Orange-bellied parrot numbers have fallen so sharply in recent years that scientists consider it at risk of extinction within five years
. Just 23 birds arrived at the species’ breeding site at Melaleuca, deep in the Tasmanian world heritage wilderness area, last spring.at risk of extinction within five years
But a year on, scientists are expecting to double that number af...er the successful release of parrots from a captive breeding program a year ago.
Tasmanian government scientists released 34 adult birds, and the mix of wild and captive parrots produced 37 fledglings. The flock was further boosted in February with the release of 49 captive-bred juveniles, increasing the total number heading north for the winter to 118.
total number heading north for the winter to 118 Protecting the budgie-sized species when it is on the move is difficult given migrating birds fan out across the southern mainland and Tasmania’s north-west. At the time, scientists hoped at least 40 would return to Melaleuca for the spring.
That number has been reached relatively early in the season, with 23 females and 17 males having made the journey back.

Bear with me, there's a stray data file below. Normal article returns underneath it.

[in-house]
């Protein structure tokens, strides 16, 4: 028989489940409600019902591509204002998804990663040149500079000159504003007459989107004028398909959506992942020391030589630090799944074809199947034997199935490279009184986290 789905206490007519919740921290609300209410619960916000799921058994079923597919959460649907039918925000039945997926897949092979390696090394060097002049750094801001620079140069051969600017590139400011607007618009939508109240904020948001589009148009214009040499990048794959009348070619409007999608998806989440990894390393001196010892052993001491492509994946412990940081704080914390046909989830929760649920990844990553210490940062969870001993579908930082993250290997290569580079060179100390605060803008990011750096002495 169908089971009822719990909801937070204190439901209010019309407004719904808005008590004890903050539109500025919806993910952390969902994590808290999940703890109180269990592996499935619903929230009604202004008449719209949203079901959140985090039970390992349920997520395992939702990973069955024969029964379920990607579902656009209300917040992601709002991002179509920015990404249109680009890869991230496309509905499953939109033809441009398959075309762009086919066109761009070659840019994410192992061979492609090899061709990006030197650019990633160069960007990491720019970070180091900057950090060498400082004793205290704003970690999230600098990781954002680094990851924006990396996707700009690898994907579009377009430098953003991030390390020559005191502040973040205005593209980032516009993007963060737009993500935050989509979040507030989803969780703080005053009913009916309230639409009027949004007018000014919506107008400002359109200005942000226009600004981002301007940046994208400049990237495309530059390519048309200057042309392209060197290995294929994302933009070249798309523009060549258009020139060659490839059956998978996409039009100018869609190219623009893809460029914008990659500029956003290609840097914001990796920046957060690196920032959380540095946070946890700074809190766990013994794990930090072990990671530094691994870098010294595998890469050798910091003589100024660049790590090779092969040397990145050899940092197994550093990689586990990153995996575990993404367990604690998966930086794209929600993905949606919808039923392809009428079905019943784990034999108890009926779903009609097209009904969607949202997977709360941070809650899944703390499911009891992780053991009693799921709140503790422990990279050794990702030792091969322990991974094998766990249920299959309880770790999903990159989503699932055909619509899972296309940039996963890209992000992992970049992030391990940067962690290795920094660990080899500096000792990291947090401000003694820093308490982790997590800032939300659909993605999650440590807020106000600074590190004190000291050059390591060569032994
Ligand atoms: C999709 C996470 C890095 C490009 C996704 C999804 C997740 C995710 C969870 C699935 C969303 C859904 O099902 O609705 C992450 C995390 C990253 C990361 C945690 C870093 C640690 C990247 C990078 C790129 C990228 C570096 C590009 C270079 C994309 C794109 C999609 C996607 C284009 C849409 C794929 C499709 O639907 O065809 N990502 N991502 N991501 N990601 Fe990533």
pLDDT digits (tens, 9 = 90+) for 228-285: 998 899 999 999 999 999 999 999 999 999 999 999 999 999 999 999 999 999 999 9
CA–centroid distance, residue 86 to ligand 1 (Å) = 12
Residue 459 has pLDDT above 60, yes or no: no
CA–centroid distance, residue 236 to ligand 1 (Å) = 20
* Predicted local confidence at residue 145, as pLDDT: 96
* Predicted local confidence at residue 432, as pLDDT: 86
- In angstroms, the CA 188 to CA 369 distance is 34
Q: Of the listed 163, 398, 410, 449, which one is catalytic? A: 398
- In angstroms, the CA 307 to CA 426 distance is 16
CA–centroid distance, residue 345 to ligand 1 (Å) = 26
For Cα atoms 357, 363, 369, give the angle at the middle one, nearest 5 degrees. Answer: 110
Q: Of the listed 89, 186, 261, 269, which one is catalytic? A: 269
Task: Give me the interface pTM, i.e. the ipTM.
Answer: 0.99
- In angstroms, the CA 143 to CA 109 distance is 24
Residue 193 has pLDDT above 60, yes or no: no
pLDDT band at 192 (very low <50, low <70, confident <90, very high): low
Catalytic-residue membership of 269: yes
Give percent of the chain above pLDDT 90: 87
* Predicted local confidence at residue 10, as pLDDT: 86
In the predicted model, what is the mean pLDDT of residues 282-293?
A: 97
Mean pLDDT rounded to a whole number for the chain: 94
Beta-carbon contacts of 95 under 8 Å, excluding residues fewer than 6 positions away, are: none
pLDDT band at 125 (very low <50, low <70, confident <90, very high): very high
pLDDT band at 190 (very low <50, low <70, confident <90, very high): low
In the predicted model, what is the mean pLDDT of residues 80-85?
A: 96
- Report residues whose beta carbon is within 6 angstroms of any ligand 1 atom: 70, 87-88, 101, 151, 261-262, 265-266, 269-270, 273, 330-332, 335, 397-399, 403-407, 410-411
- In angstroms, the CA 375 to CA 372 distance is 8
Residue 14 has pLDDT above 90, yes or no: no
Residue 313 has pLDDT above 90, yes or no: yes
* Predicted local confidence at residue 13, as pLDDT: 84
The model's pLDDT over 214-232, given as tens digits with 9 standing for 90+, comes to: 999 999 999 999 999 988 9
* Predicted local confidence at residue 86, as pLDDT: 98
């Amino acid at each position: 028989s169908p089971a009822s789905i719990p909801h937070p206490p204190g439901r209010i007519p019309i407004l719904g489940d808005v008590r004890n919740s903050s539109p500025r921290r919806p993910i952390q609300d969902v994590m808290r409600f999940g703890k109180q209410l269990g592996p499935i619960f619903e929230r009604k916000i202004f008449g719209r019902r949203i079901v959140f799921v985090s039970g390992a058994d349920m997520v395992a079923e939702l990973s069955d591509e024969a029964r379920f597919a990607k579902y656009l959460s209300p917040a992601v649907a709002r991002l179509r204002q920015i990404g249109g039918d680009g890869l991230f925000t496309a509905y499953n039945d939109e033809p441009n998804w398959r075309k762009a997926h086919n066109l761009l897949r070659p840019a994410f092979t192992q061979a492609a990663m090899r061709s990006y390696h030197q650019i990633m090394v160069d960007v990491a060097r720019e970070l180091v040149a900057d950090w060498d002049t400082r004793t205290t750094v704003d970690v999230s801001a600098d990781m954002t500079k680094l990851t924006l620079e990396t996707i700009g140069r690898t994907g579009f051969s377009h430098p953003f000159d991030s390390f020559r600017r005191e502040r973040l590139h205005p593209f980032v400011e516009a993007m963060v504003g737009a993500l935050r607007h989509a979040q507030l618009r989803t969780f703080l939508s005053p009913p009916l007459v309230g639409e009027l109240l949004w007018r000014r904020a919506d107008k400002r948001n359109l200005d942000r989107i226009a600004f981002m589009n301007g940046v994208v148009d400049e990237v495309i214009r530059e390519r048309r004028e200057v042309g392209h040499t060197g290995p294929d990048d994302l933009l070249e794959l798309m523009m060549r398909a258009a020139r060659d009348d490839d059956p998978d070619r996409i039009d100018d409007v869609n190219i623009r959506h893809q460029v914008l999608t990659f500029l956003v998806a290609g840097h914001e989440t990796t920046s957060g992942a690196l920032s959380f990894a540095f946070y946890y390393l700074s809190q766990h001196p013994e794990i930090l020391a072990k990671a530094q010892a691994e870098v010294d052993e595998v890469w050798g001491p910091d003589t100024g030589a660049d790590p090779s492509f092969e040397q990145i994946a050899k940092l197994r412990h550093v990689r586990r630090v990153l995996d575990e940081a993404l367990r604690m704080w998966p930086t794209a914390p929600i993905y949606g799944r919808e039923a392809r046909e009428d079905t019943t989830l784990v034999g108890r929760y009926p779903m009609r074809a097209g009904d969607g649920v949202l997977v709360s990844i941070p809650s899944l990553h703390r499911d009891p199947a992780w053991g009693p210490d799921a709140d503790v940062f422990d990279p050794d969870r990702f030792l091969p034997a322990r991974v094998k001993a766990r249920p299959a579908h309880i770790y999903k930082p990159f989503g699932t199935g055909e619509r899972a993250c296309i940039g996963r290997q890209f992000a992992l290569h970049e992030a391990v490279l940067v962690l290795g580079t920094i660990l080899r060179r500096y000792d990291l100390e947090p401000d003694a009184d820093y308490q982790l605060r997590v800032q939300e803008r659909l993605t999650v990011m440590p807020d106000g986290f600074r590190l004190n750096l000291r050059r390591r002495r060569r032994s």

“It’s very good news,” said Paul Black, the orange-bellied parrot program manager with the Tasmanian environment department. “Given it’s reasonably early in the season we could still surpass that number, which would be very exciting.”
Previously, the largest number of parrots to have returned to Melaleuca over the past decade was 35 in 2014-15. At its lowest point three years ago, the breeding population in the wild fell to 17, including just three females. It means the species has a significantly reduced gene pool, increasing the risk of disease having a species-wide impact as remaining birds have similar patterns of immunity.
Despite the increase in numbers, the parrot population is still considered perilously low and reliant on scientific intervention.
A study published earlier this year found up to 2017, the work at Melaleuca, which includes providing nest boxes and food, had increased the number of birds that leave the breeding ground but had no impact on overall survival.
published earlier this year Its lead author, Dejan Stojanovic from the Australian National University, said at the time it suggested the recovery program needed to be holistic and attempt to deal with risks during migration as well as boosting numbers during breeding. He recommended “headstarting” – capturing juveniles after they leave the nest and holding them in captivity for their first year of life to allow them to develop before they attempt migration.
On Tuesday, he said the new numbers were good news – the best in years. “The biggest threat to the species is its small population, so I will celebrate every time there’s more birds that survive migration and winter,” he said.
Scientists are working to again increase the flock by releasing captive-bred parrots, starting with 31 adults released last month. More juveniles bred at the government facility at Five Mile Beach, near Hobart airport, will join them in the new year.
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